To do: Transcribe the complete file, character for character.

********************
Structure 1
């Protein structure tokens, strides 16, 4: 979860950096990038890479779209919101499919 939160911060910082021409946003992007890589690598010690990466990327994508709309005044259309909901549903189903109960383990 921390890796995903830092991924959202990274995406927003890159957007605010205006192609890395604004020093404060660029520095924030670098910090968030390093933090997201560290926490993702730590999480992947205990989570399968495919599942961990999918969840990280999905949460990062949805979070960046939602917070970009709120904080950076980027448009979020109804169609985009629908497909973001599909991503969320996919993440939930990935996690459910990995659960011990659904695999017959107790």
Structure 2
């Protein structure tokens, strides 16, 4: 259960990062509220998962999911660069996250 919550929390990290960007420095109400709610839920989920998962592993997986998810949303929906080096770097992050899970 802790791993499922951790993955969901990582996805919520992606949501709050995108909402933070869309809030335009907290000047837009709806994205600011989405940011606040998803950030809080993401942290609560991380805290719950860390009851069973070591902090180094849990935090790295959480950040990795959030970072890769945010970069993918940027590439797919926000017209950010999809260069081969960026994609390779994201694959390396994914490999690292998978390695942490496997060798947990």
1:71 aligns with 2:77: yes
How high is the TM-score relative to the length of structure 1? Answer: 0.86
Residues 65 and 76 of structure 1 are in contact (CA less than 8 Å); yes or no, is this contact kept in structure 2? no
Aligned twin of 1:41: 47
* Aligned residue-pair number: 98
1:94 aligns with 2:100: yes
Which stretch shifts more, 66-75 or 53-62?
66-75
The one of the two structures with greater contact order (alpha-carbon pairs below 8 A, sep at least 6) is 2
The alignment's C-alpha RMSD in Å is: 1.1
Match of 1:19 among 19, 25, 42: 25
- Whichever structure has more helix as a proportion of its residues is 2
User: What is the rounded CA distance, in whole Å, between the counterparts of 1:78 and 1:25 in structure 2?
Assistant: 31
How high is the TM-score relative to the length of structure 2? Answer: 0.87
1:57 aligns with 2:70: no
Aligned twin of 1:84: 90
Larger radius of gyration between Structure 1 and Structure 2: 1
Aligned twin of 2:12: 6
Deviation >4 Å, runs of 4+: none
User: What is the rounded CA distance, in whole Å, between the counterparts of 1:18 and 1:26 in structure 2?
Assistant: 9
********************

Structure 1
């Protein structure tokens, strides 16, 4: 979860950096990038890479779209919101499919 939160911060910082021409946003992007890589690598010690990466990327994508709309005044259309909901549903189903109960383990 921390890796995903830092991924959202990274995406927003890159957007605010205006192609890395604004020093404060660029520095924030670098910090968030390093933090997201560290926490993702730590999480992947205990989570399968495919599942961990999918969840990280999905949460990062949805979070960046939602917070970009709120904080950076980027448009979020109804169609985009629908497909973001599909991503969320996919993440939930990935996690459910990995659960011990659904695999017959107790």
Structure 2
């Protein structure tokens, strides 16, 4: 259960990062509220998962999911660069996250 919550929390990290960007420095109400709610839920989920998962592993997986998810949303929906080096770097992050899970 802790791993499922951790993955969901990582996805919520992606949501709050995108909402933070869309809030335009907290000047837009709806994205600011989405940011606040998803950030809080993401942290609560991380805290719950860390009851069973070591902090180094849990935090790295959480950040990795959030970072890769945010970069993918940027590439797919926000017209950010999809260069081969960026994609390779994201694959390396994914490999690292998978390695942490496997060798947990």
1:71 aligns with 2:77: yes
How high is the TM-score relative to the length of structure 1? Answer: 0.86
Residues 65 and 76 of structure 1 are in contact (CA less than 8 Å); yes or no, is this contact kept in structure 2? no
Aligned twin of 1:41: 47
* Aligned residue-pair number: 98
1:94 aligns with 2:100: yes
Which stretch shifts more, 66-75 or 53-62?
66-75
The one of the two structures with greater contact order (alpha-carbon pairs below 8 A, sep at least 6) is 2
The alignment's C-alpha RMSD in Å is: 1.1
Match of 1:19 among 19, 25, 42: 25
- Whichever structure has more helix as a proportion of its residues is 2
User: What is the rounded CA distance, in whole Å, between the counterparts of 1:78 and 1:25 in structure 2?
Assistant: 31
How high is the TM-score relative to the length of structure 2? Answer: 0.87
1:57 aligns with 2:70: no
Aligned twin of 1:84: 90
Larger radius of gyration between Structure 1 and Structure 2: 1
Aligned twin of 2:12: 6
Deviation >4 Å, runs of 4+: none
User: What is the rounded CA distance, in whole Å, between the counterparts of 1:18 and 1:26 in structure 2?
Assistant: 9